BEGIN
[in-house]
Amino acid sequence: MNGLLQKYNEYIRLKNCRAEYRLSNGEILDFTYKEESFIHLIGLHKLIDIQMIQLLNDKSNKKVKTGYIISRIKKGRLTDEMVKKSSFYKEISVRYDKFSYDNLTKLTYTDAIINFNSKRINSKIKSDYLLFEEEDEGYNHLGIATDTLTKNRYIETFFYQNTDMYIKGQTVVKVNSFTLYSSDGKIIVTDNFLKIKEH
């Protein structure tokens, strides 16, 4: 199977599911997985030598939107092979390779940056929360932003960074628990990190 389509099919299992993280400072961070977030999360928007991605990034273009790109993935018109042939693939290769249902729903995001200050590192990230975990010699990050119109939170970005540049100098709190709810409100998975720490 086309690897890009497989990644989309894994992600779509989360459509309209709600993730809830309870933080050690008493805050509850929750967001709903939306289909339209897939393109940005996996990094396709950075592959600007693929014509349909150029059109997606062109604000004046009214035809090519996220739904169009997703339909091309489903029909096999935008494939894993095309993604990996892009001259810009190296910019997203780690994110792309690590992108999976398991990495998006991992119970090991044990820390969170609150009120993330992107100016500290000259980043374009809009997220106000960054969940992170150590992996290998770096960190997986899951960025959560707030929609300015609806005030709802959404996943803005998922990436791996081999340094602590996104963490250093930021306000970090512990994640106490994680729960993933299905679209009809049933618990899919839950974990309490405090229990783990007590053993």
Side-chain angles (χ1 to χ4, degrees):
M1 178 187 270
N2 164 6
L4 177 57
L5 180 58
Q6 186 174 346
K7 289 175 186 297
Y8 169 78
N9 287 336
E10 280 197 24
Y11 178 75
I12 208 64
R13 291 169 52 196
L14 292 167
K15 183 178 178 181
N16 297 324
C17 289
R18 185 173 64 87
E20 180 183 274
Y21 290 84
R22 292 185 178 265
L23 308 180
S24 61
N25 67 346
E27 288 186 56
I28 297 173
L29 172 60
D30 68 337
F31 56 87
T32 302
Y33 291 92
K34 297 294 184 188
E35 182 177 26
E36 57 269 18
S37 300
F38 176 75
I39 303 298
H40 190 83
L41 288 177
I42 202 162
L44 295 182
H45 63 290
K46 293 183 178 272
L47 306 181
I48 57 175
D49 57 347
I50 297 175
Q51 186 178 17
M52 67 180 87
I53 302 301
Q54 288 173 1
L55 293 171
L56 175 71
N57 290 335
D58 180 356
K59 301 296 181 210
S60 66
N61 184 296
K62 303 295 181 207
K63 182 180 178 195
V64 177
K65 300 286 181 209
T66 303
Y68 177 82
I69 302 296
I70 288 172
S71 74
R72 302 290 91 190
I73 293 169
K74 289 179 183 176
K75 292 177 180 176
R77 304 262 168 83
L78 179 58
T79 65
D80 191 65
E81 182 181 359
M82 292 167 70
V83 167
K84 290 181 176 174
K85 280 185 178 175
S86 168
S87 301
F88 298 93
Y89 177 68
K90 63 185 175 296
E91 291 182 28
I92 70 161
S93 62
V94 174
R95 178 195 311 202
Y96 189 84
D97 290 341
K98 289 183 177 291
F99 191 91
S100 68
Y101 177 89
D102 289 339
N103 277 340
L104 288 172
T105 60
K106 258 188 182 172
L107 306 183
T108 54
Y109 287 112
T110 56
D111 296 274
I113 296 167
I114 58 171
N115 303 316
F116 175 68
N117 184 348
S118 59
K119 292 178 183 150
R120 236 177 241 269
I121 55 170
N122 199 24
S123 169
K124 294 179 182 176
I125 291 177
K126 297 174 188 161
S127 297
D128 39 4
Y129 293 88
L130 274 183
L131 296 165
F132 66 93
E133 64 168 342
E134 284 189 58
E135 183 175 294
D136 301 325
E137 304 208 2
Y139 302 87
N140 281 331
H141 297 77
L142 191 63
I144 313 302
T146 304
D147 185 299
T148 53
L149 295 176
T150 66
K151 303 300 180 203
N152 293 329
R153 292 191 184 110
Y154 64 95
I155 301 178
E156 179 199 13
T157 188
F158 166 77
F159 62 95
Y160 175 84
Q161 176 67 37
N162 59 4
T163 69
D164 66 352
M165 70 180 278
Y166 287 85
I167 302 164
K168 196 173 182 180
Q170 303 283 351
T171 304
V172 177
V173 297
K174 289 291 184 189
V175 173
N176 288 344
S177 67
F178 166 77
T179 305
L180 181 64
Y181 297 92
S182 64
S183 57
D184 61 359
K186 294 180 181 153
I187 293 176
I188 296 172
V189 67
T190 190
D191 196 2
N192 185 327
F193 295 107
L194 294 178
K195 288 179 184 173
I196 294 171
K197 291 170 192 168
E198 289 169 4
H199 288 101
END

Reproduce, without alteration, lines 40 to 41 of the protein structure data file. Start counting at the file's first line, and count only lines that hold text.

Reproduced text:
I39 303 298
H40 190 83